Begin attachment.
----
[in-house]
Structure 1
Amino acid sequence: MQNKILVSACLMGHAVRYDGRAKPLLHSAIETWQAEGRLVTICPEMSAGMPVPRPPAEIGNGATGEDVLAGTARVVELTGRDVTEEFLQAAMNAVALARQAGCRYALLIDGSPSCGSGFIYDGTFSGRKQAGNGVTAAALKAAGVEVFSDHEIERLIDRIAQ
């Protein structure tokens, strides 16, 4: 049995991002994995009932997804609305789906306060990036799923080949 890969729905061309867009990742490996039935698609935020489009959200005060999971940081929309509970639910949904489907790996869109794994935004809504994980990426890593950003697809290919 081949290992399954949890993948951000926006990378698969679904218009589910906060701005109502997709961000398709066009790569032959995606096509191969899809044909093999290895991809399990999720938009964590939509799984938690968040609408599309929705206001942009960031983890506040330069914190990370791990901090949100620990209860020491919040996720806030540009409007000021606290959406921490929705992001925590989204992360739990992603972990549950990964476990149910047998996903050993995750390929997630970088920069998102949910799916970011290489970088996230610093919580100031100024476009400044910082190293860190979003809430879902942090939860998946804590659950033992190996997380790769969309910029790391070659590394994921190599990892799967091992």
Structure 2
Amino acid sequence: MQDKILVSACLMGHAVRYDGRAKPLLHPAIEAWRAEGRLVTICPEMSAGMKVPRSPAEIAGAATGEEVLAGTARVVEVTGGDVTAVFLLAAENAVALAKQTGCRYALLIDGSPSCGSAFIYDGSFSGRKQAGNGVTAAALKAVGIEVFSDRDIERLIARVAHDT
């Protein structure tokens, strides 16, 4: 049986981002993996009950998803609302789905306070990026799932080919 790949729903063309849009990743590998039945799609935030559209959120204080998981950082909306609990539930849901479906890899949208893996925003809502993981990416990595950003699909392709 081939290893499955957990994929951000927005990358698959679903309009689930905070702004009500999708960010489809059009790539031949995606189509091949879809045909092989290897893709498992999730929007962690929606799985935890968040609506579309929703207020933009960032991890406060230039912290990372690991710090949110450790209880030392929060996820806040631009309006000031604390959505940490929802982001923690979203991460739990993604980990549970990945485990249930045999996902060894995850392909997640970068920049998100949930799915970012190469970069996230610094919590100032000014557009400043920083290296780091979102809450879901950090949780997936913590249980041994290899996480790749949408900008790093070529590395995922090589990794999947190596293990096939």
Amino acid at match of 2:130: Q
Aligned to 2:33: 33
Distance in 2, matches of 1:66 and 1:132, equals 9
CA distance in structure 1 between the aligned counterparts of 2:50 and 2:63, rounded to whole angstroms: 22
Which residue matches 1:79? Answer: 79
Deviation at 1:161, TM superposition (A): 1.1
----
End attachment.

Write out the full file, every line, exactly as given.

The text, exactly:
[in-house]
Structure 1
Amino acid sequence: MQNKILVSACLMGHAVRYDGRAKPLLHSAIETWQAEGRLVTICPEMSAGMPVPRPPAEIGNGATGEDVLAGTARVVELTGRDVTEEFLQAAMNAVALARQAGCRYALLIDGSPSCGSGFIYDGTFSGRKQAGNGVTAAALKAAGVEVFSDHEIERLIDRIAQ
């Protein structure tokens, strides 16, 4: 049995991002994995009932997804609305789906306060990036799923080949 890969729905061309867009990742490996039935698609935020489009959200005060999971940081929309509970639910949904489907790996869109794994935004809504994980990426890593950003697809290919 081949290992399954949890993948951000926006990378698969679904218009589910906060701005109502997709961000398709066009790569032959995606096509191969899809044909093999290895991809399990999720938009964590939509799984938690968040609408599309929705206001942009960031983890506040330069914190990370791990901090949100620990209860020491919040996720806030540009409007000021606290959406921490929705992001925590989204992360739990992603972990549950990964476990149910047998996903050993995750390929997630970088920069998102949910799916970011290489970088996230610093919580100031100024476009400044910082190293860190979003809430879902942090939860998946804590659950033992190996997380790769969309910029790391070659590394994921190599990892799967091992």
Structure 2
Amino acid sequence: MQDKILVSACLMGHAVRYDGRAKPLLHPAIEAWRAEGRLVTICPEMSAGMKVPRSPAEIAGAATGEEVLAGTARVVEVTGGDVTAVFLLAAENAVALAKQTGCRYALLIDGSPSCGSAFIYDGSFSGRKQAGNGVTAAALKAVGIEVFSDRDIERLIARVAHDT
């Protein structure tokens, strides 16, 4: 049986981002993996009950998803609302789905306070990026799932080919 790949729903063309849009990743590998039945799609935030559209959120204080998981950082909306609990539930849901479906890899949208893996925003809502993981990416990595950003699909392709 081939290893499955957990994929951000927005990358698959679903309009689930905070702004009500999708960010489809059009790539031949995606189509091949879809045909092989290897893709498992999730929007962690929606799985935890968040609506579309929703207020933009960032991890406060230039912290990372690991710090949110450790209880030392929060996820806040631009309006000031604390959505940490929802982001923690979203991460739990993604980990549970990945485990249930045999996902060894995850392909997640970068920049998100949930799915970012190469970069996230610094919590100032000014557009400043920083290296780091979102809450879901950090949780997936913590249980041994290899996480790749949408900008790093070529590395995922090589990794999947190596293990096939």
Amino acid at match of 2:130: Q
Aligned to 2:33: 33
Distance in 2, matches of 1:66 and 1:132, equals 9
CA distance in structure 1 between the aligned counterparts of 2:50 and 2:63, rounded to whole angstroms: 22
Which residue matches 1:79? Answer: 79
Deviation at 1:161, TM superposition (A): 1.1